The cast of the film 'Argo' receives the Screen Actors Guild Award for Outstanding Performance by a Cast in a Motion Picture.
Credit: Mark Davis

It's not only the Academy that snubbed director Ben Affleck for "Argo," but Iran, too, doesn't want anything to do with Affleck or his film.

In response to the liberal Hollywood interpretation of the real-life 444-day siege by Iranian students of the US Embassy in Tehran and how the CIA extracted six diplomats at the height of the crisis, Iran banned the Oscar-nominated film.

Not only does Iran not want the film to be screened in the country, but in response they're also filming their own movie version of the historical events titled "The General Staff."

But Iranians apparently don't want the new version, they want Affleck's.

According to a Wall Street Journal article this week titled "Iran's Latest Hit: Bootleg 'Argo' DVDs," underground DVD sellers say it's "their best seller in years" with an estimated "several hundred thousand copies" sold.

The DVDS, obtained by sellers with national distribution networks, only recently became available on bootleg discs with Persian subtitles.

At a recent screening of "Argo" at Sharif University, Iran's top engineering school, one 28-year-old film student who declined to give his name said the DVD sales mean more than just entertainment: "People are indirectly saying to the government that they are tired of this hostile behavior and it's time for us to be friends with the world and the US again."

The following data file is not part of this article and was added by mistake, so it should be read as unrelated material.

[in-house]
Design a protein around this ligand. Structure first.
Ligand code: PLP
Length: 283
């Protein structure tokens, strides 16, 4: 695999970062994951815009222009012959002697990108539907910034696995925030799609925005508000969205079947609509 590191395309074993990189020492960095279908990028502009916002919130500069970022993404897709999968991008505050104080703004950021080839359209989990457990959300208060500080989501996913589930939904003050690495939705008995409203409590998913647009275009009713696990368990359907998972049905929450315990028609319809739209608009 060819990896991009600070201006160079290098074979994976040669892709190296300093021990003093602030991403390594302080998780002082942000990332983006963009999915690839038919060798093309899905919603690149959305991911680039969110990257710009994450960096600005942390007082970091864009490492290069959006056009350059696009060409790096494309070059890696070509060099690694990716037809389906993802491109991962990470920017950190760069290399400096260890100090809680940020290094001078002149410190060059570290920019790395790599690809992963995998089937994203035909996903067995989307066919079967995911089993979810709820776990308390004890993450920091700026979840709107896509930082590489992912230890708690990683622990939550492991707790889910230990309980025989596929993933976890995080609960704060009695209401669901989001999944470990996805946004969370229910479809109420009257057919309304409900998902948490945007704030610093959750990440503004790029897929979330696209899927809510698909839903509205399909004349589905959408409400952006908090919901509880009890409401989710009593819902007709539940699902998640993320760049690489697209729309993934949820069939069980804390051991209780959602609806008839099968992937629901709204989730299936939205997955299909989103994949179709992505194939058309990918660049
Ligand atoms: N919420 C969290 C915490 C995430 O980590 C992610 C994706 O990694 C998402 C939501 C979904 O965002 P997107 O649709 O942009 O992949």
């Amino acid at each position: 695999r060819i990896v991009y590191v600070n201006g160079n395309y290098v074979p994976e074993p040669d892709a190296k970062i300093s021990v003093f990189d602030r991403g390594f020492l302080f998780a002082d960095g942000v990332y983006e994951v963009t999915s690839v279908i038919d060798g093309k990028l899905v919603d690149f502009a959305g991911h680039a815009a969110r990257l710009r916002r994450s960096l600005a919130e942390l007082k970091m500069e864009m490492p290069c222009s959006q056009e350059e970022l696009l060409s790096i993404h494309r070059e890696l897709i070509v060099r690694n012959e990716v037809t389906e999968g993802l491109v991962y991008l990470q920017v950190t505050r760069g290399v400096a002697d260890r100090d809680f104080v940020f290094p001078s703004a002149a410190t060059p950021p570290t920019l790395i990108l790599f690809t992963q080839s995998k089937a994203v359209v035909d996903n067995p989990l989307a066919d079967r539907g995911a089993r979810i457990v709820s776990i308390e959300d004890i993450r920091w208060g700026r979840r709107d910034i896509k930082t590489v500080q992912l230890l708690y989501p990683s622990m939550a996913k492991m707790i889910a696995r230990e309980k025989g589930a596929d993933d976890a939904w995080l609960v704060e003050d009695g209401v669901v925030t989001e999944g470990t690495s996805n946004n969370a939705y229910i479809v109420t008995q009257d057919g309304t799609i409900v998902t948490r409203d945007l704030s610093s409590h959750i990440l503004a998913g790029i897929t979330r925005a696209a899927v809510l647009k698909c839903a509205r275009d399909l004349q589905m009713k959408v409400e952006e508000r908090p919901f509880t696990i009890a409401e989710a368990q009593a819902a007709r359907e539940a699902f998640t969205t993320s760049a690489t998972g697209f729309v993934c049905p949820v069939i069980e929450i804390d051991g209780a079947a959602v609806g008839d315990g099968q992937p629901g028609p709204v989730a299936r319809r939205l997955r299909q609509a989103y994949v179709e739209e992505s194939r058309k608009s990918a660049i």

But Masoumeh Ebtekar, a spokeswoman for the hostage-takers during the crisis, criticized the movie's representation of events and called the movie a "weak interpretation of the truth."

Cue "The General Staff," which its Tehran-based director Ataollah Salmanian says "will be a big production" produced by the state-affiliated Arts Bureau and "an appropriate response to the ahistoric film Argo."

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